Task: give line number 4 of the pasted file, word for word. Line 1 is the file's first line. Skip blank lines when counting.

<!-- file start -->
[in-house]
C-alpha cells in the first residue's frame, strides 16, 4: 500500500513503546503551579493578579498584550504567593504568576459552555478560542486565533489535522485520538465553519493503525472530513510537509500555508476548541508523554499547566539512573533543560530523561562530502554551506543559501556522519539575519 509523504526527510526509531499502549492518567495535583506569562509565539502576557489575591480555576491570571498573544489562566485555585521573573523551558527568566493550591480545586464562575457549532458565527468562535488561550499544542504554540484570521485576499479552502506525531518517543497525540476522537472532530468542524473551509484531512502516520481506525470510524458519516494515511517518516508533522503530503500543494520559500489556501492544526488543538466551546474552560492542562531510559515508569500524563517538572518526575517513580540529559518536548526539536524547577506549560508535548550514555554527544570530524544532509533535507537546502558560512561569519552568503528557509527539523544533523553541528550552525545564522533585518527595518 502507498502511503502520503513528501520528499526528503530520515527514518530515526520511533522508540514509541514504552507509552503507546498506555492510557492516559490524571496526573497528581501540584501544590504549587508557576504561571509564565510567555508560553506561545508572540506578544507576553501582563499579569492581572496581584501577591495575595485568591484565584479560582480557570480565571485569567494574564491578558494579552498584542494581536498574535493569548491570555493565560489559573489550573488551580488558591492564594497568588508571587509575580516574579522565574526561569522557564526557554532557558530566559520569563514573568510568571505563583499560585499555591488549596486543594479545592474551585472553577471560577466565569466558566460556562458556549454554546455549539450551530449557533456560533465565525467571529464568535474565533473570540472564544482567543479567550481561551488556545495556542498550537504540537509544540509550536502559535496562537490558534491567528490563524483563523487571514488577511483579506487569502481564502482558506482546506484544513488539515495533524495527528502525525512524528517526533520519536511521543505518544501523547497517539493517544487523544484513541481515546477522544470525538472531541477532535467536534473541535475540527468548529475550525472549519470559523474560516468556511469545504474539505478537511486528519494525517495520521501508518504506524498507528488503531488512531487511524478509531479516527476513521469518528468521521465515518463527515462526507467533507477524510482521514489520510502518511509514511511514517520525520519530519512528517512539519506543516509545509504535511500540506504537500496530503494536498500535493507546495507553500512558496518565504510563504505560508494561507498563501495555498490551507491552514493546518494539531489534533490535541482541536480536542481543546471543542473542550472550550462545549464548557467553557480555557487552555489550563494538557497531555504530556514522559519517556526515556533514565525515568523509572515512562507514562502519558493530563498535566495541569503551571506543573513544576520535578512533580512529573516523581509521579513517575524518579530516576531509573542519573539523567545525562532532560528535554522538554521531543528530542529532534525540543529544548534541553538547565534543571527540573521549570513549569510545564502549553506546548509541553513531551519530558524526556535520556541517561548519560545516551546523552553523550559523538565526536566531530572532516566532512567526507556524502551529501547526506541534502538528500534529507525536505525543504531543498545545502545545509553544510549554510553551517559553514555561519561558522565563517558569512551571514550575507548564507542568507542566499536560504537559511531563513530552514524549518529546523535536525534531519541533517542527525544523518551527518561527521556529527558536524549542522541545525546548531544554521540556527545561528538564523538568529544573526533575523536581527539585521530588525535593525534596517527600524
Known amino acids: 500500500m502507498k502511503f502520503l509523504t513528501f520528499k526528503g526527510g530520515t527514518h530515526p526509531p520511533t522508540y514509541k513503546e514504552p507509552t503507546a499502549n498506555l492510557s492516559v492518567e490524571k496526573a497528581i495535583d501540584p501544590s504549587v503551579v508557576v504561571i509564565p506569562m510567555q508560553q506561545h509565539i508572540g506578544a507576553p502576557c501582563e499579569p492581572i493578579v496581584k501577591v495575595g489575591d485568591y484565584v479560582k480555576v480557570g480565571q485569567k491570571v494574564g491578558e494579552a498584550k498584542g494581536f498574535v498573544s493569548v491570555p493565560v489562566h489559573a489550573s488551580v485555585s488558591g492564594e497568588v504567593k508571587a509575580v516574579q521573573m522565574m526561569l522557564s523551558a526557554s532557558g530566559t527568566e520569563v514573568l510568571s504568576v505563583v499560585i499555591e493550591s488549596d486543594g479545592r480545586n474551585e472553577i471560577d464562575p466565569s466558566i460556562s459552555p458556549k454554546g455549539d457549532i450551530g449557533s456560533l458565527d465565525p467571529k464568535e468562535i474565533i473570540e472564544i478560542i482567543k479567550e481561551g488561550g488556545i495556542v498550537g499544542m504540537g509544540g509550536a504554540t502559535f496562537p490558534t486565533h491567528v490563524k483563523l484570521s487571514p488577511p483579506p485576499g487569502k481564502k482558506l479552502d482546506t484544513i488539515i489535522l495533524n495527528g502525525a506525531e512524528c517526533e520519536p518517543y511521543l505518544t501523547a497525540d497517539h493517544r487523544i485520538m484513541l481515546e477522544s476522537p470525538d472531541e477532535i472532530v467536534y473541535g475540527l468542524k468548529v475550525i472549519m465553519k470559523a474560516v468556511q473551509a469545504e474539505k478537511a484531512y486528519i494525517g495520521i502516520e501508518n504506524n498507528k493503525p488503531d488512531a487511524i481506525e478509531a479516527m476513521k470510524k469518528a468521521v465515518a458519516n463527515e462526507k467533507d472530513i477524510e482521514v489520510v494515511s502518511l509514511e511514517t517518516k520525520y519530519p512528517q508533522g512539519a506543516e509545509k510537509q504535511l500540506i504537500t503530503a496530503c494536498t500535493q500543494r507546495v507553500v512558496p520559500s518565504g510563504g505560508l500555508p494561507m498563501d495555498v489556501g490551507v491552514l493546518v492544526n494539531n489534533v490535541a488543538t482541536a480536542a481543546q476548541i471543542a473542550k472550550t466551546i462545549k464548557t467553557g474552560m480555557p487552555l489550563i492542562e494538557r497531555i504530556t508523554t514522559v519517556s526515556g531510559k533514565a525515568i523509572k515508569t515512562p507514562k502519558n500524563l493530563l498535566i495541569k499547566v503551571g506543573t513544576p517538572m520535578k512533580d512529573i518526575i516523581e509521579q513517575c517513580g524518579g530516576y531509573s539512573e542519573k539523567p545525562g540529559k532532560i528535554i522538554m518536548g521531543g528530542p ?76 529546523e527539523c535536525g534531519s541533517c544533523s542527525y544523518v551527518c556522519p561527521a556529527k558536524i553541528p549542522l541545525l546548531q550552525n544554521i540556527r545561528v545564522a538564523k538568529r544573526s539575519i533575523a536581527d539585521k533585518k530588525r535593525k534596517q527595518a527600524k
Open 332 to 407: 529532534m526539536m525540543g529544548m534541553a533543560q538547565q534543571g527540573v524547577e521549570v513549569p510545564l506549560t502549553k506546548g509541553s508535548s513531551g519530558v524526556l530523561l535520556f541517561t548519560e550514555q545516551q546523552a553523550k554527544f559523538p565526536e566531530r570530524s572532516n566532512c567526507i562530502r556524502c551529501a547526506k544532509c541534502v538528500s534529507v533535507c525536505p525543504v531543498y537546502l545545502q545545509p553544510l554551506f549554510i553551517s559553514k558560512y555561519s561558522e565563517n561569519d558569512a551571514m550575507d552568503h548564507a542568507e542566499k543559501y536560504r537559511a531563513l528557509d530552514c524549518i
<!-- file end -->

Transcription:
Open 332 to 407: 529532534m526539536m525540543g529544548m534541553a533543560q538547565q534543571g527540573v524547577e521549570v513549569p510545564l506549560t502549553k506546548g509541553s508535548s513531551g519530558v524526556l530523561l535520556f541517561t548519560e550514555q545516551q546523552a553523550k554527544f559523538p565526536e566531530r570530524s572532516n566532512c567526507i562530502r556524502c551529501a547526506k544532509c541534502v538528500s534529507v533535507c525536505p525543504v531543498y537546502l545545502q545545509p553544510l554551506f549554510i553551517s559553514k558560512y555561519s561558522e565563517n561569519d558569512a551571514m550575507d552568503h548564507a542568507e542566499k543559501y536560504r537559511a531563513l528557509d530552514c524549518i